Event riders are trying to unravel the new qualification rules for international competitions that were introduced on 1 January 2013.
Under a system likened to licensing, from this season experienced riders will be categorised as levels A-D and those who are not yet categorised will be termed “national” riders.
Categorisation allows riders who have proven their competence to qualify new horses more easily. So a D rider can buy a one-star qualified horse and run it at one-star immediately, all the way up to A riders at four-star.
National riders and their horses must still qualify as a combination before competing at a level.
“The system recognises riders’ achievements and experience,” said British Eventing (BE) sport manager Debbie Marfell.
“Unnecessary checks will not be applied to our elite riders, but we still have checks in place at the other end so those who need more help can move up the levels safely.”
BE chief executive Mike Etherington-Smith still has questions about the new system, including how it will be administered.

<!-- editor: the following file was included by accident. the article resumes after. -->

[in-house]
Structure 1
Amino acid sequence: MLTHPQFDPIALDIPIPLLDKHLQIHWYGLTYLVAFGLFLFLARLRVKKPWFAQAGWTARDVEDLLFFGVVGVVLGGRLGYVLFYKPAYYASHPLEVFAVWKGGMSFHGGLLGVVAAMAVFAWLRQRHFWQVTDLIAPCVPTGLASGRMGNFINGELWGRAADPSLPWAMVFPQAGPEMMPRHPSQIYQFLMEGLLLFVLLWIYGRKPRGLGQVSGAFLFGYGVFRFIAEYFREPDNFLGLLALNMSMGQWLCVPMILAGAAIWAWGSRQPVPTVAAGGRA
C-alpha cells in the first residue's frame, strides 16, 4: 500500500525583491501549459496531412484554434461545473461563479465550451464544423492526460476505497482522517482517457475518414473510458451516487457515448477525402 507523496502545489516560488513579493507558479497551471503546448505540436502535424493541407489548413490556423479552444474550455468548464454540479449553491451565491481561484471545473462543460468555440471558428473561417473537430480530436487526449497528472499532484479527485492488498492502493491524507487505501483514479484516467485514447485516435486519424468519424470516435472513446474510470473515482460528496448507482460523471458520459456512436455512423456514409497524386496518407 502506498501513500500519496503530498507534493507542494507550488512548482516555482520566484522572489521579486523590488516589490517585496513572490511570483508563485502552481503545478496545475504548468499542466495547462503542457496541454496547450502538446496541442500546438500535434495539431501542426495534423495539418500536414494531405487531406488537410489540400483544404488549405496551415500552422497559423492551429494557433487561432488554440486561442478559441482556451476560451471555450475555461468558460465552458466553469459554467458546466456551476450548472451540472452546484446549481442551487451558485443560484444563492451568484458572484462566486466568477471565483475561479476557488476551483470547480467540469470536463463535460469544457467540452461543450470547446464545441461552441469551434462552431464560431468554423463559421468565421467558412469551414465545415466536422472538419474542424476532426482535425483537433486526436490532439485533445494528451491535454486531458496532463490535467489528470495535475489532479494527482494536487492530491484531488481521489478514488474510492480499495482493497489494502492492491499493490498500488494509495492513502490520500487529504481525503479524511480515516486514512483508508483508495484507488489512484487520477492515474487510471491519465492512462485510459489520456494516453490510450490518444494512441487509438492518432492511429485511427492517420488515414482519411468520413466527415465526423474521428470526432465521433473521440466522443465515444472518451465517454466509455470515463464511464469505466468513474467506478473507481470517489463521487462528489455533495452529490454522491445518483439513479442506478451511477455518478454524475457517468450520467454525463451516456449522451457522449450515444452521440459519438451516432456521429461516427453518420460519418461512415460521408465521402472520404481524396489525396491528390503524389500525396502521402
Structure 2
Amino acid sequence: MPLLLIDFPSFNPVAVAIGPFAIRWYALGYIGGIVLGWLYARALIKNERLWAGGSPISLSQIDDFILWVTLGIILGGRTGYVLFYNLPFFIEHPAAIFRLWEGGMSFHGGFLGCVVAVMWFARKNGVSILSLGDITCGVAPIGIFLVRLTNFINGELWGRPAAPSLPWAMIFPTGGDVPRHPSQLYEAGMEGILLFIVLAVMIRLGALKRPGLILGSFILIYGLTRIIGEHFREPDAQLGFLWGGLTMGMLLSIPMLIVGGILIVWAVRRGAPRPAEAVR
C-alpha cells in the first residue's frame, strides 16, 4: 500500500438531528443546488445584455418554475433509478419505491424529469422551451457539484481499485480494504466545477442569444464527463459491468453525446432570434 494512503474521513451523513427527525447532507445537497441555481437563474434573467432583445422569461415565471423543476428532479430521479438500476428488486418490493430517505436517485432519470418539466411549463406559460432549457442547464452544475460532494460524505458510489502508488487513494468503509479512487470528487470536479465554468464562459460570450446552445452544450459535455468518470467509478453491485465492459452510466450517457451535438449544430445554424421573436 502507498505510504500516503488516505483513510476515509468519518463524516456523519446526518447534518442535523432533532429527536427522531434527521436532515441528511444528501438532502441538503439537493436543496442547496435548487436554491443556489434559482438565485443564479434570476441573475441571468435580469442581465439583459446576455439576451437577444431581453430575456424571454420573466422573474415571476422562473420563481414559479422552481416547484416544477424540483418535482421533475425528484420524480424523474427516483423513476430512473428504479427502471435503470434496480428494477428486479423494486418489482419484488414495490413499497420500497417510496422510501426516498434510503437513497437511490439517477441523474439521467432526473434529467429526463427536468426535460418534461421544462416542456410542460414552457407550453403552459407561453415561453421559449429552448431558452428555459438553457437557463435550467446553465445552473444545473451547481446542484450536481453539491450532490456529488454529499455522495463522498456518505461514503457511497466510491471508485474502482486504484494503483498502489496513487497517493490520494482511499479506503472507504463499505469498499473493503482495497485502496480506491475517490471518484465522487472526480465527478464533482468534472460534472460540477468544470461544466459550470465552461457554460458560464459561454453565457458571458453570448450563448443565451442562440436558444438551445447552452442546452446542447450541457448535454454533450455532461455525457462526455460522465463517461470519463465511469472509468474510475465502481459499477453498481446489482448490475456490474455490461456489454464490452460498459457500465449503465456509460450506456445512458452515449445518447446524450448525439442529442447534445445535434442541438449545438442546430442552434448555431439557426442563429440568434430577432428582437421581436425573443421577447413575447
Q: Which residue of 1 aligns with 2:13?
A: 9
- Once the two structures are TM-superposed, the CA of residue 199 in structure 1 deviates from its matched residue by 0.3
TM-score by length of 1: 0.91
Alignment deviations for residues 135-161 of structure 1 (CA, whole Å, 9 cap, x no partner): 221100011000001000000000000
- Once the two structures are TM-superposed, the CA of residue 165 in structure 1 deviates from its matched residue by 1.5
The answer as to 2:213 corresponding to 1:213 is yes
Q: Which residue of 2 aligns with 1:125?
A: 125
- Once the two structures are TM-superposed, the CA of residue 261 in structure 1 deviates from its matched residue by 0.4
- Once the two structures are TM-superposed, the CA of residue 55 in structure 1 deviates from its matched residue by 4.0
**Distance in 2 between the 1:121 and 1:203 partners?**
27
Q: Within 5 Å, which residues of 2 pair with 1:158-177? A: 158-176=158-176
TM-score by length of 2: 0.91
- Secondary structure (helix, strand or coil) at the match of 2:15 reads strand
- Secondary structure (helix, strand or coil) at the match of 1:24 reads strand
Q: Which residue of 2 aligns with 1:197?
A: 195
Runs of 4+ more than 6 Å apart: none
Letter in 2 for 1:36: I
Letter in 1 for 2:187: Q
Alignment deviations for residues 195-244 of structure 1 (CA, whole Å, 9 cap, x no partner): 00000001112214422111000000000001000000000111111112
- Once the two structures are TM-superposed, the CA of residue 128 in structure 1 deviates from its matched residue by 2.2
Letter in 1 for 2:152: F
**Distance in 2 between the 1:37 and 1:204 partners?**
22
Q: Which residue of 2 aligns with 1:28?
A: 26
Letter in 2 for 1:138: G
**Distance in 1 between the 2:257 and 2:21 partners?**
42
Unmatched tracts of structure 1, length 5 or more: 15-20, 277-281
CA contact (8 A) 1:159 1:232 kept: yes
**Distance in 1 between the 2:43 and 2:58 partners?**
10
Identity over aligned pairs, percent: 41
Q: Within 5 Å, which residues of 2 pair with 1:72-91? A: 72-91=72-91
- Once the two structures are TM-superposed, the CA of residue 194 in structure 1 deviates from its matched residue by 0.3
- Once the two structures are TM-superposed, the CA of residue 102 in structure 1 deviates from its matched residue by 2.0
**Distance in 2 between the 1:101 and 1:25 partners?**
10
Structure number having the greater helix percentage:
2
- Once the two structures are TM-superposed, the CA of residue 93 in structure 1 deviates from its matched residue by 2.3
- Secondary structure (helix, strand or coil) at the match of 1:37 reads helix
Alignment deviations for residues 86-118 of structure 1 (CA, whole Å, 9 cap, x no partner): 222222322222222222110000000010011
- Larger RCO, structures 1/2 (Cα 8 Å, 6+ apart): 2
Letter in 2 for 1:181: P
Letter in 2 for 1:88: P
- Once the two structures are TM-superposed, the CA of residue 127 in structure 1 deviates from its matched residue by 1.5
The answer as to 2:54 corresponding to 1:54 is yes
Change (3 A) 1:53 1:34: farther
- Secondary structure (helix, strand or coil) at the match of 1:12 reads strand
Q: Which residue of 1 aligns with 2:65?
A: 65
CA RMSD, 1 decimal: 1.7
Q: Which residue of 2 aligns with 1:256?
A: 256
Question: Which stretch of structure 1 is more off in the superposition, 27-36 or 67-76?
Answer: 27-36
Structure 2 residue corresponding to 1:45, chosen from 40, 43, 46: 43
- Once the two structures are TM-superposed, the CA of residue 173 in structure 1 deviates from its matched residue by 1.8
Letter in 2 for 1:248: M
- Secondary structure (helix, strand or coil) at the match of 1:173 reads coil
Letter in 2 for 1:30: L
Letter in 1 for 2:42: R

“But [the FEI] have said there will be a watching brief for 2013 and we shall be able to discuss the rules with them as we go,” he added.
And after initial confusion, riders are beginning to appreciate the changes, said rider Bruce Haskell.
“Once the FEI had explained its motivation, the new rules made a lot more sense.
“They want to shift responsibility for who decides when a horse is ready to move up a grade from the FEI to the rider,” he added.
Francis Whittington, who is chairman of the Event Riders Association (ERA), added: “We have put together a guide on our website so riders can work out what level they are at and what they are qualified for.”
This news story was first published in the current issue of H&H (10 January 2013)